PHOTOGRAPHY: JEAN BLAIS
STYLING: TRACEY MacKENZIE
A delightful whimsy defines the decor in the home owned by photographer Steph Polic and contractor Martin Leblanc in St. Henri. “I love incorporating elements of surprise, especially if they’re done by local artists,” Steph says.
The couple’s property, near the Atwater Market, has been unique from the get-go. “We bought a building that had been abandoned for years and had a tree growing out of it,” Steph says. “We committed to restoring it but the heritage board agreed there really wasn’t anything of historical value to salvage, so we demolished it and started again from scratch.”
Working with an architect, the couple devised a plan to include a condo unit for each of their mothers within one-half of the structure’s first and second floors, while they would occupy the other half along with an entire third-storey loft.
Martin, who owns Stax Construction, took on the project, which made it easier for the couple to achieve their wish list. “High ceilings were a must,” Steph recalls. “I’m five-foot-10 so I wanted lots of space to be able to think.”
When Steph’s mom later decided she wanted to live on the top floor because of its stunning views and outdoor space, Martin installed a kitchen and bathroom for her.
Natural light abounds on the top level where the sunken living room features a 25-by-seven-foot window expanse as its backdrop. “We could really open up the loft space without any concerns about privacy,” Steph says. “And the views of downtown Montreal, the Lachine canal, and a bit of Westmount are spectacular.”
Back on the ground floor, the original concrete floor was polished in the main unit for an industrial chic that is kept warm with radiant floor heating. The couple also installed an additional layer of brick on each side of their unit for rustic appeal and additional soundproofing.
The lighting over the dining room table does not escape notice. The owners gave artist Bevan Ramsay, a Montreal native, a free hand to come up with something unique for their home within their budget. The result was Angels Puking Light, which Ramsay took 10 months to carve from a single piece of mahogany based on the photos of several of his New York friends.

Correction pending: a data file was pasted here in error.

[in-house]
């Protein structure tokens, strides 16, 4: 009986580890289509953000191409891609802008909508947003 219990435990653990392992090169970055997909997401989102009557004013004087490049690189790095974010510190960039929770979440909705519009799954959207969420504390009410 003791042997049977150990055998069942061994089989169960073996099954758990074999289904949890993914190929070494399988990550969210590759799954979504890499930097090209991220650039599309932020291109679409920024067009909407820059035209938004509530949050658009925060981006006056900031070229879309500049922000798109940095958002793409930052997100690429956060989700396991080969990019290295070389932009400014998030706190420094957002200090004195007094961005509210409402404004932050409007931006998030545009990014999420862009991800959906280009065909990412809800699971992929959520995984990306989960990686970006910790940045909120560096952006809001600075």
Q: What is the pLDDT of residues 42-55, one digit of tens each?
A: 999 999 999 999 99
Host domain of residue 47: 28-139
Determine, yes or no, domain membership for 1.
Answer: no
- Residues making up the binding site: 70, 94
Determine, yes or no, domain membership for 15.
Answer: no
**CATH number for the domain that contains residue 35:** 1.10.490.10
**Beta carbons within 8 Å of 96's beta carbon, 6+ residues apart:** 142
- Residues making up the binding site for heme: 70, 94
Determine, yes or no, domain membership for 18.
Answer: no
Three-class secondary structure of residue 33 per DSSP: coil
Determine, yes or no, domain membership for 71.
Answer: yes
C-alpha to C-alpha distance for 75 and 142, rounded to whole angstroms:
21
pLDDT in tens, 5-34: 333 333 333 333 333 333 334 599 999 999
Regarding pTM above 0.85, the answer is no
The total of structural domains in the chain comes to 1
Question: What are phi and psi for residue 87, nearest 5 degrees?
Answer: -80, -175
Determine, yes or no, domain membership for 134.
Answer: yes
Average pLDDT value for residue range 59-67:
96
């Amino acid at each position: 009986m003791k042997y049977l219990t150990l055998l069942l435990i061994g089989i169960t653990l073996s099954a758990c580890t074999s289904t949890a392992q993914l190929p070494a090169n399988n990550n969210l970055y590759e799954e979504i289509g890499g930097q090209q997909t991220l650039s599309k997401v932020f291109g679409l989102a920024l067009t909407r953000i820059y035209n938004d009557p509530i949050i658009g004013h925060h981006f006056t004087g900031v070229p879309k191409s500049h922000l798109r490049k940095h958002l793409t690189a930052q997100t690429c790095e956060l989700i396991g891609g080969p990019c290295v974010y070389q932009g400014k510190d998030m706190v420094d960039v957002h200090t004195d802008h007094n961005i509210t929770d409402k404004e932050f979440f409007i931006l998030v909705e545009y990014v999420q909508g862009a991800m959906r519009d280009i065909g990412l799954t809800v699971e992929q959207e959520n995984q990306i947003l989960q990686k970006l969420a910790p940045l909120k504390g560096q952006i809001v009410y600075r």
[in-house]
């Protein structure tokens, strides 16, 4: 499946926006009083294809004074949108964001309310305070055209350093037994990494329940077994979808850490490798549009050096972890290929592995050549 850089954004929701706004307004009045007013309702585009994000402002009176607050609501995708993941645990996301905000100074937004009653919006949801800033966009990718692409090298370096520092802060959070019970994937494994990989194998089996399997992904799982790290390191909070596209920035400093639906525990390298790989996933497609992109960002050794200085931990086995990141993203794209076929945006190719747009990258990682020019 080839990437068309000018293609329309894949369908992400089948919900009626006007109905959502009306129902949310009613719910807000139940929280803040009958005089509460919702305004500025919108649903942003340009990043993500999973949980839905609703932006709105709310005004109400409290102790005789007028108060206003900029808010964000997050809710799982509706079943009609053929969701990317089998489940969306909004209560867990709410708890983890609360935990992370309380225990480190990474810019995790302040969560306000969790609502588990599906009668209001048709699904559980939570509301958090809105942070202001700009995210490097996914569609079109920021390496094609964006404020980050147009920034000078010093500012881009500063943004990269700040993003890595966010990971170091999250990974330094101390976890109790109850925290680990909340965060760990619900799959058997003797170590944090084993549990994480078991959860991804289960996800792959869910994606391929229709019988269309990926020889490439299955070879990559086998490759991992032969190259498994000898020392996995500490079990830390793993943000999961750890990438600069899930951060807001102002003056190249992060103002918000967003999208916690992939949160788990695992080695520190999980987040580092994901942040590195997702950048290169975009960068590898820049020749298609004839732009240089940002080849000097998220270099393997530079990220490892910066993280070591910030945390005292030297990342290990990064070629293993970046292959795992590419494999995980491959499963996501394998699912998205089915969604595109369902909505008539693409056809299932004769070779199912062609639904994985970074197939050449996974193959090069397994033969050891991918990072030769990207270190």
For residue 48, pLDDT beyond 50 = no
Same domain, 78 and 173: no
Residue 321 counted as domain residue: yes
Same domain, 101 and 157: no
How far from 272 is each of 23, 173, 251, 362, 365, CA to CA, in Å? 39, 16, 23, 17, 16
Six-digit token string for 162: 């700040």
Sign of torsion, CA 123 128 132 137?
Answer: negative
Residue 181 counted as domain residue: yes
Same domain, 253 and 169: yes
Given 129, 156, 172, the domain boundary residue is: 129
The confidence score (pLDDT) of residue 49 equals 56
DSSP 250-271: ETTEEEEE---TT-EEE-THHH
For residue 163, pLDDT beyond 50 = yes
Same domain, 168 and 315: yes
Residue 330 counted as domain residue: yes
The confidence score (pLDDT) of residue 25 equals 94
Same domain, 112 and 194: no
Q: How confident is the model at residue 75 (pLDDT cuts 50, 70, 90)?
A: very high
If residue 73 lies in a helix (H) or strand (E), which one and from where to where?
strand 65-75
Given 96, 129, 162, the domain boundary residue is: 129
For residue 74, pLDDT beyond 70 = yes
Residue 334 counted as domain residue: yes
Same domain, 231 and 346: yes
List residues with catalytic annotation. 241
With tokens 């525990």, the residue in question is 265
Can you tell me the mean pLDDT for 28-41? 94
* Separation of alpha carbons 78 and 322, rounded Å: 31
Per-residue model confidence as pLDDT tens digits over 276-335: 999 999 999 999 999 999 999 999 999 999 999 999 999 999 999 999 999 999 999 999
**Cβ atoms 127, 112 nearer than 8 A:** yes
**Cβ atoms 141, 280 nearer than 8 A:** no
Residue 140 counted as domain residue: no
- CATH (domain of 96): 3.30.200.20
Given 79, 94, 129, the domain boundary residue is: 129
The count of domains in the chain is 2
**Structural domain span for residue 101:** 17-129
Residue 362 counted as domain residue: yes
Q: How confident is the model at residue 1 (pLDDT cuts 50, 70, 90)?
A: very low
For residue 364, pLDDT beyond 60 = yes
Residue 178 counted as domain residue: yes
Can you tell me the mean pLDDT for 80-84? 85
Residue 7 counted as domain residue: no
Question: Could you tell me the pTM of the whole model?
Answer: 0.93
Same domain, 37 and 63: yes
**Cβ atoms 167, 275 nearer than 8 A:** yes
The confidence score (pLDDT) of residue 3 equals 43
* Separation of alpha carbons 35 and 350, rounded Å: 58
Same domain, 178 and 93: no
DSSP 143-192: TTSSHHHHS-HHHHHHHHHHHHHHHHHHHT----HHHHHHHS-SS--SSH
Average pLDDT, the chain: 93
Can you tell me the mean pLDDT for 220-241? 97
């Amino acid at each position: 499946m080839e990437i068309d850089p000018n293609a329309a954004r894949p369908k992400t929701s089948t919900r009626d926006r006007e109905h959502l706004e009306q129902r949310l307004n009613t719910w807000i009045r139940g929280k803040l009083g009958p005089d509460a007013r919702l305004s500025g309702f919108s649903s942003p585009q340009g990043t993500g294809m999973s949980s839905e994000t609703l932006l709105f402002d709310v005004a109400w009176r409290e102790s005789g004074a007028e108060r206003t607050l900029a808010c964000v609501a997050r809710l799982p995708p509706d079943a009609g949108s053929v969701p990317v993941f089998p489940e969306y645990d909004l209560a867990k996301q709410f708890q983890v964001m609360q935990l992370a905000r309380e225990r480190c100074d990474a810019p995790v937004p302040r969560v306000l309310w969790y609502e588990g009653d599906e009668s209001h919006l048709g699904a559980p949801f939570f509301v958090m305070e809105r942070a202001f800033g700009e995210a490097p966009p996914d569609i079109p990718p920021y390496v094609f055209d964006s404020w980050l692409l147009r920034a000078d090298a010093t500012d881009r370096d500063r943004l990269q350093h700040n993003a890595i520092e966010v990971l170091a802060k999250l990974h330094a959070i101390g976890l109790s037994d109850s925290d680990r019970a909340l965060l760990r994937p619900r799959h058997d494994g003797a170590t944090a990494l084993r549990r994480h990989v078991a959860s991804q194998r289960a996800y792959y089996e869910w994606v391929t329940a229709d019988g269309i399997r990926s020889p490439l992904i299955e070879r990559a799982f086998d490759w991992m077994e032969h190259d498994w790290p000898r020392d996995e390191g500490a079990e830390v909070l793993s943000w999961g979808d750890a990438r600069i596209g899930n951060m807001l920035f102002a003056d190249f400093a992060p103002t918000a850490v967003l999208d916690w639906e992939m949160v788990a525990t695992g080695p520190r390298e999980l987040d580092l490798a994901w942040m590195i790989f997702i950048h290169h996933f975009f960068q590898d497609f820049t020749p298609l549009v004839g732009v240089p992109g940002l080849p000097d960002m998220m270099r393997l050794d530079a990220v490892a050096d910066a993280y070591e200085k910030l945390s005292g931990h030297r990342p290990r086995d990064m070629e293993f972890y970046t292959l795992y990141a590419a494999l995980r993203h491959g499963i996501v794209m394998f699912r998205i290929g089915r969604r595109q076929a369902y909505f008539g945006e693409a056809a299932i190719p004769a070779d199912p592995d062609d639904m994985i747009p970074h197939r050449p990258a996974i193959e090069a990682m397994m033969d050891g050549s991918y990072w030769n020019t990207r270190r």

“Martin had to reinforce the ceiling before it was installed,” Steph says. “When Bevan put it in place, we were blown away. We love it!”
A closer inspection of two nearby paintings reveals part of the unconventional Golden Moles series by Dave Arnold. He’s better known to some Montrealers as Mr. Sign for the vintage look he’s given to various restaurant logos, such as Joe Beef and Nora Gray. “I love that each painting features a mole,” Steph says.
She features her own untitled work above the sofa – a snap of her assistant on a recent photo shoot.
Artistry figures in other ways, too, including the kitchen island’s countertop. “A woodworker spent two weeks matching and gluing thin strips of American walnut to achieve that wonderful look for us,” Steph says.
Her penchant for bargain shopping online as well as at yard, estate and liquidation sales has led to other interesting finds, including a large nautical lantern, a taxidermied moose head and a bejewelled fake skeleton head.
If Steph doesn’t find what she wants, she or Martin makes it. She created the lighting above the island by installing mesh around fixtures intended to be outdoor sconces. Martin sawed and hammered the dining table shortly before friends arrived for brunch.
“I wanted a colourful tub to go with the glossy black ceiling I planned for the bathroom next to the master bedroom,” Steph recalls. “So Martin actually took the tub in his truck to the auto body shop around the corner from us and had it painted a BMW copper.”
The building is constructed to stand the test of time, according realtor Sylvie Ménard of Royal Lepage Humania, who is listing the property for sale. Steph and Martin are ready to take on another renovation challenge in the same neighbourhood. “People often associate living in Montreal’s older districts with small, dark houses but these homeowners have wonderfully transformed a limited area into a bright and open space,” Ménard says. “And the rooftop deck is an urban oasis.” •
Sylvie Ménard, Real Estate Broker